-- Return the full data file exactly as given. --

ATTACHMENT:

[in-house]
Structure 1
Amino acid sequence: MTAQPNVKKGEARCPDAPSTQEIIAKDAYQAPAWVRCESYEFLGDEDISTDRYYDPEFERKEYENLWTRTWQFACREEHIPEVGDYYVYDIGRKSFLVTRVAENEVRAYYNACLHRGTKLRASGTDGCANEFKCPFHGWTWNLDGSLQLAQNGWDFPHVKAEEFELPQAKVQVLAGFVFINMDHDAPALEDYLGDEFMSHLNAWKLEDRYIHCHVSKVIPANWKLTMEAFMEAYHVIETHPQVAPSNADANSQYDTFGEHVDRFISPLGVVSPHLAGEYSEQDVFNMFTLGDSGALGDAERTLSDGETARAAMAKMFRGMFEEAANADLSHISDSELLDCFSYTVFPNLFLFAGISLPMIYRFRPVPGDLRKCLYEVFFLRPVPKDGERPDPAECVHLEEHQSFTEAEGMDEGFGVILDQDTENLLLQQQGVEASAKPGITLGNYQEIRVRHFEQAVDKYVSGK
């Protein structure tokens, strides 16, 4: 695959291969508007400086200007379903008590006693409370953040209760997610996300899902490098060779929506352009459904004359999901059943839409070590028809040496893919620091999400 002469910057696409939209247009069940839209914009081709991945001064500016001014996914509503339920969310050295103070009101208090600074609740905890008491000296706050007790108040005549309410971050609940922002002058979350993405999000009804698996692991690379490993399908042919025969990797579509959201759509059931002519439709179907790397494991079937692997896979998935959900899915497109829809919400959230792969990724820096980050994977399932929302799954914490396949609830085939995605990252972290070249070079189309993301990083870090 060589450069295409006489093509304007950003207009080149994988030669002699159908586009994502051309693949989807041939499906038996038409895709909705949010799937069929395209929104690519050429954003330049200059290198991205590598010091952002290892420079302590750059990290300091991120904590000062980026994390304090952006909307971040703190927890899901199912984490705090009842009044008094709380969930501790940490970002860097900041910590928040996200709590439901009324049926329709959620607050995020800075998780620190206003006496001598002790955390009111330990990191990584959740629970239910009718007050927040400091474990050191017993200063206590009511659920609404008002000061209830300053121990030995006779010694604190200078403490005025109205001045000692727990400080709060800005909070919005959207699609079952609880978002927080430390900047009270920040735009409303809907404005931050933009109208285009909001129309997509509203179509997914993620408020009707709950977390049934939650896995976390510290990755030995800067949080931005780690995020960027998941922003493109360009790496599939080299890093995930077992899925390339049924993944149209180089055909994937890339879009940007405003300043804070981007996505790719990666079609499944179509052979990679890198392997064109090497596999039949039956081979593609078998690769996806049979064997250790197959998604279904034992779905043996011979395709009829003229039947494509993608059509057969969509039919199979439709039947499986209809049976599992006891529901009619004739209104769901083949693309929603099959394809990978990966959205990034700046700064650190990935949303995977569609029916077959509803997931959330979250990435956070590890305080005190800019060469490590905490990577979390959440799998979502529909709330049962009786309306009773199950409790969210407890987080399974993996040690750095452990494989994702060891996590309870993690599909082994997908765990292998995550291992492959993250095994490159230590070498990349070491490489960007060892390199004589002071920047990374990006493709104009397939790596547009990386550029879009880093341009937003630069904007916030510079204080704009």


[in-house]
Structure 1
Amino acid sequence: MTAQPNVKKGEARCPDAPSTQEIIAKDAYQAPAWVRCESYEFLGDEDISTDRYYDPEFERKEYENLWTRTWQFACREEHIPEVGDYYVYDIGRKSFLVTRVAENEVRAYYNACLHRGTKLRASGTDGCANEFKCPFHGWTWNLDGSLQLAQNGWDFPHVKAEEFELPQAKVQVLAGFVFINMDHDAPALEDYLGDEFMSHLNAWKLEDRYIHCHVSKVIPANWKLTMEAFMEAYHVIETHPQVAPSNADANSQYDTFGEHVDRFISPLGVVSPHLAGEYSEQDVFNMFTLGDSGALGDAERTLSDGETARAAMAKMFRGMFEEAANADLSHISDSELLDCFSYTVFPNLFLFAGISLPMIYRFRPVPGDLRKCLYEVFFLRPVPKDGERPDPAECVHLEEHQSFTEAEGMDEGFGVILDQDTENLLLQQQGVEASAKPGITLGNYQEIRVRHFEQAVDKYVSGK
């Protein structure tokens, strides 16, 4: 695959291969508007400086200007379903008590006693409370953040209760997610996300899902490098060779929506352009459904004359999901059943839409070590028809040496893919620091999400 002469910057696409939209247009069940839209914009081709991945001064500016001014996914509503339920969310050295103070009101208090600074609740905890008491000296706050007790108040005549309410971050609940922002002058979350993405999000009804698996692991690379490993399908042919025969990797579509959201759509059931002519439709179907790397494991079937692997896979998935959900899915497109829809919400959230792969990724820096980050994977399932929302799954914490396949609830085939995605990252972290070249070079189309993301990083870090 060589450069295409006489093509304007950003207009080149994988030669002699159908586009994502051309693949989807041939499906038996038409895709909705949010799937069929395209929104690519050429954003330049200059290198991205590598010091952002290892420079302590750059990290300091991120904590000062980026994390304090952006909307971040703190927890899901199912984490705090009842009044008094709380969930501790940490970002860097900041910590928040996200709590439901009324049926329709959620607050995020800075998780620190206003006496001598002790955390009111330990990191990584959740629970239910009718007050927040400091474990050191017993200063206590009511659920609404008002000061209830300053121990030995006779010694604190200078403490005025109205001045000692727990400080709060800005909070919005959207699609079952609880978002927080430390900047009270920040735009409303809907404005931050933009109208285009909001129309997509509203179509997914993620408020009707709950977390049934939650896995976390510290990755030995800067949080931005780690995020960027998941922003493109360009790496599939080299890093995930077992899925390339049924993944149209180089055909994937890339879009940007405003300043804070981007996505790719990666079609499944179509052979990679890198392997064109090497596999039949039956081979593609078998690769996806049979064997250790197959998604279904034992779905043996011979395709009829003229039947494509993608059509057969969509039919199979439709039947499986209809049976599992006891529901009619004739209104769901083949693309929603099959394809990978990966959205990034700046700064650190990935949303995977569609029916077959509803997931959330979250990435956070590890305080005190800019060469490590905490990577979390959440799998979502529909709330049962009786309306009773199950409790969210407890987080399974993996040690750095452990494989994702060891996590309870993690599909082994997908765990292998995550291992492959993250095994490159230590070498990349070491490489960007060892390199004589002071920047990374990006493709104009397939790596547009990386550029879009880093341009937003630069904007916030510079204080704009």